Problems of Information Transmission, Vol. 37, No. 2, 2001, pp. 172–184. Translated from Problemy Peredachi Informatsii, No. 2, 2001, pp. 96–109.
Original Russian Text Copyright
2001 by Kukushkina, Polikarpov, Khmelev.
Using Literal and Grammatical Statistics
for Authorship Attribution
O. V. Kukushkina, A. A. Polikarpov, and D. V. Khmelev
Received August 8, 2000; in ﬁnal form, January 11, 2001
Abstract—Markov chains are used as a formal mathematical model for sequences of elements
of a text. This model is applied for authorship attribution of texts. As elements of a text, we
consider sequences of letters or sequences of grammatical classes of words. It turns out that
the frequencies of occurrences of letter pairs and pairs of grammatical classes in a Russian text
are rather stable characteristics of an author and, apparently, they could be used in disputed
authorship attribution. A comparison of results for various modiﬁcations of the method using
both letters and grammatical classes is given. Experimental research involves 385 texts of 82
writers. In the Appendix, the research of D.V. Khmelev is described, where data compression
algorithms are applied to authorship attribution.
In this paper, the problem of identiﬁcation of the author of a text is stated as follows. Let large
fragments of prose works by a number of authors be given. These texts are in Russian or in another
phonological (nonhieroglyphic) language
. An anonymous text known to belong to one of these
authors is disputed between all of them. One has to determine the actual author. Based on results
of testing the technique suggested by D.V. Khmelev in , we state that this can be done with
high enough probability. This technique is based on statistics of occurrences of pairs of successive
elements in the text (letters, morphemes, etc).
To the best of our knowledge, ﬁrst attempts in the search for a technique for authorship attribu-
tion were made in . Markov  almost immediately replied to , which shows that the founder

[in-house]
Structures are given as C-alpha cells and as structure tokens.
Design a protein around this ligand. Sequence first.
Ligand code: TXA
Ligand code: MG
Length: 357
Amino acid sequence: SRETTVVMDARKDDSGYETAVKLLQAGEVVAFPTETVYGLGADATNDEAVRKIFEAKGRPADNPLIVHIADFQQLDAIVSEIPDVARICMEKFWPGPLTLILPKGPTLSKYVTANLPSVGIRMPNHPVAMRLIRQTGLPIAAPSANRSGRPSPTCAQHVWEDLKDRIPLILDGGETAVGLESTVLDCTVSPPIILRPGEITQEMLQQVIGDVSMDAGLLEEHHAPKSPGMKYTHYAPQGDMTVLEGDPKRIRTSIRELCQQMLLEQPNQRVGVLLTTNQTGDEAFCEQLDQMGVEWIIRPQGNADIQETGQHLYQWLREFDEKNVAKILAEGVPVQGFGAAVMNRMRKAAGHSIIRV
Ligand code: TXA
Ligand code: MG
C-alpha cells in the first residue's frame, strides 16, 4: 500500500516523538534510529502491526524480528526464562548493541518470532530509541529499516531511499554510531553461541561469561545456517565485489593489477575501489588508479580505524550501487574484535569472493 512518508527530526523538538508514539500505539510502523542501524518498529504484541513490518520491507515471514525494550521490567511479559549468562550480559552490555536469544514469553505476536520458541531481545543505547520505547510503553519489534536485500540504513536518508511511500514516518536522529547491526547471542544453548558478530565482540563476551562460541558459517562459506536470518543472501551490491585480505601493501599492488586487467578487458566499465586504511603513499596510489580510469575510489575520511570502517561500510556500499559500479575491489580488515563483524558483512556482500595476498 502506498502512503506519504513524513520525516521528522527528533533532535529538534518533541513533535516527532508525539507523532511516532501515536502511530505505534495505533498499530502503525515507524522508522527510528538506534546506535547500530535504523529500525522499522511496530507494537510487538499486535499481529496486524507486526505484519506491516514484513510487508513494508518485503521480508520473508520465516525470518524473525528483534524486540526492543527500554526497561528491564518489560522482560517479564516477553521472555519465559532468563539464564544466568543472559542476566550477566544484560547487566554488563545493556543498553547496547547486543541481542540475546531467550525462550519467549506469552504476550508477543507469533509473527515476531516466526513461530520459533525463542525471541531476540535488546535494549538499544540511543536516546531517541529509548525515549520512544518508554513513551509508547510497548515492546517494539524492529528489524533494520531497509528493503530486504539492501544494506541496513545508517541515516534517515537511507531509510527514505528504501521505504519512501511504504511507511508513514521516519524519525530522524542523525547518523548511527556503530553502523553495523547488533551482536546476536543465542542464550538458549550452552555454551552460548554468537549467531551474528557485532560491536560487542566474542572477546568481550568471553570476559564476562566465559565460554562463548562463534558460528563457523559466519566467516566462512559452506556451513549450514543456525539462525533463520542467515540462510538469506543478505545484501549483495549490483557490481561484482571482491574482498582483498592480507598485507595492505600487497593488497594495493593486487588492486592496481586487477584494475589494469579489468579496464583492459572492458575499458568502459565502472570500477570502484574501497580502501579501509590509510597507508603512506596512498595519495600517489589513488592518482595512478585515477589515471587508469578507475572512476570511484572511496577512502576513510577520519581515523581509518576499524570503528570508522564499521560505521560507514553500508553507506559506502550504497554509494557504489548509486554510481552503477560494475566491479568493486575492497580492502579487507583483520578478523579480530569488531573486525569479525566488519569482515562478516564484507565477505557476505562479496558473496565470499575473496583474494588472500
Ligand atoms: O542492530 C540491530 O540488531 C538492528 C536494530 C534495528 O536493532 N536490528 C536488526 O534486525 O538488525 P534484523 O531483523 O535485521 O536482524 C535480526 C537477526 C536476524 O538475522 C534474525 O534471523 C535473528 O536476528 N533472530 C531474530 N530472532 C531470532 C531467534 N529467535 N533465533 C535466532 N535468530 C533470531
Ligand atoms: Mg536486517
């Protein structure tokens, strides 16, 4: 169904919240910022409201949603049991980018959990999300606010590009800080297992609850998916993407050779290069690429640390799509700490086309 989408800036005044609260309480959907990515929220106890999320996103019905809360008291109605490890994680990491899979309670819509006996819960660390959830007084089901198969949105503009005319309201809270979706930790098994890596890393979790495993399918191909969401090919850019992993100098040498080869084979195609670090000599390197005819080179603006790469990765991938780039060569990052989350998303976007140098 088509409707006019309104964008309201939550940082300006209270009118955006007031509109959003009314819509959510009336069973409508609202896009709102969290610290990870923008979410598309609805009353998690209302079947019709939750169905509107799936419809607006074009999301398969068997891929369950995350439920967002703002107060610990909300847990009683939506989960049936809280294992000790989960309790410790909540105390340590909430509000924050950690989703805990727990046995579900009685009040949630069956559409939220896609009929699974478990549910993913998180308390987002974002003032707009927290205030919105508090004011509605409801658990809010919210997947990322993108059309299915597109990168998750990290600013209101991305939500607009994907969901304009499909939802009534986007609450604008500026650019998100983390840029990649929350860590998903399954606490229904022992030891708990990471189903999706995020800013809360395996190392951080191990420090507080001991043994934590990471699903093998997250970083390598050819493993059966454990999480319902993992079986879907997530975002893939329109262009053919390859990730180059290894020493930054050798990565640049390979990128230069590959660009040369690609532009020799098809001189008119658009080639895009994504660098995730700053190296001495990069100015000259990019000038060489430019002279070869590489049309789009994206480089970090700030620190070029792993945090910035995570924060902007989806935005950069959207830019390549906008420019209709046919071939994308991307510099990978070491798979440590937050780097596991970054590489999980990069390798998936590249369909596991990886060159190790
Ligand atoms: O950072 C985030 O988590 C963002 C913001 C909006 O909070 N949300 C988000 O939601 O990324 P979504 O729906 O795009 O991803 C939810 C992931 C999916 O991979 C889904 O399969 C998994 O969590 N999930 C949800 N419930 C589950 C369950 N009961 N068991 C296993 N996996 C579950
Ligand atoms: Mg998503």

of the theory of Markov chains was quite interested in this ﬁeld. Note also that the ﬁrst application
of “events linked to a chain” was described by Markov in , where he studied the distribution of
vowels and consonants among initial 20 000 letters of “Evgenii Onegin.”
Modern methods of authorship attribution in Russia are reviewed in [5, Chapter 1] and a nice
review of foreign works is given in . Despite the enormous variety of methods described, none of
them has ever been applied to a large number of texts. The reason is that usually these methods
cannot be automated and require human interposal, which makes computational analysis of a large
number of large texts practically impossible. Hence, the question of generality of each of these
methods arises: Can any of them be used outside the situation it was devised for?
Until recently, the only exception was , where the chosen technique was applied to a large
enough number of texts. In this paper, the rate of function words used by an author was examined.
It was found that this rate is stable for each author among a large number of Russian writers of the
eighteenth–twentieth centuries. This technique was applied in  to the problem of determining
We consider phonological writing only because hieroglyphic writing reduces possibilities for the analysis
of pair associations since phonological information (which distinguishes morphemes and words) is hidden
by conventional hieroglyphic representation of these units.
2001 MAIK “Nauka/Interperiodica”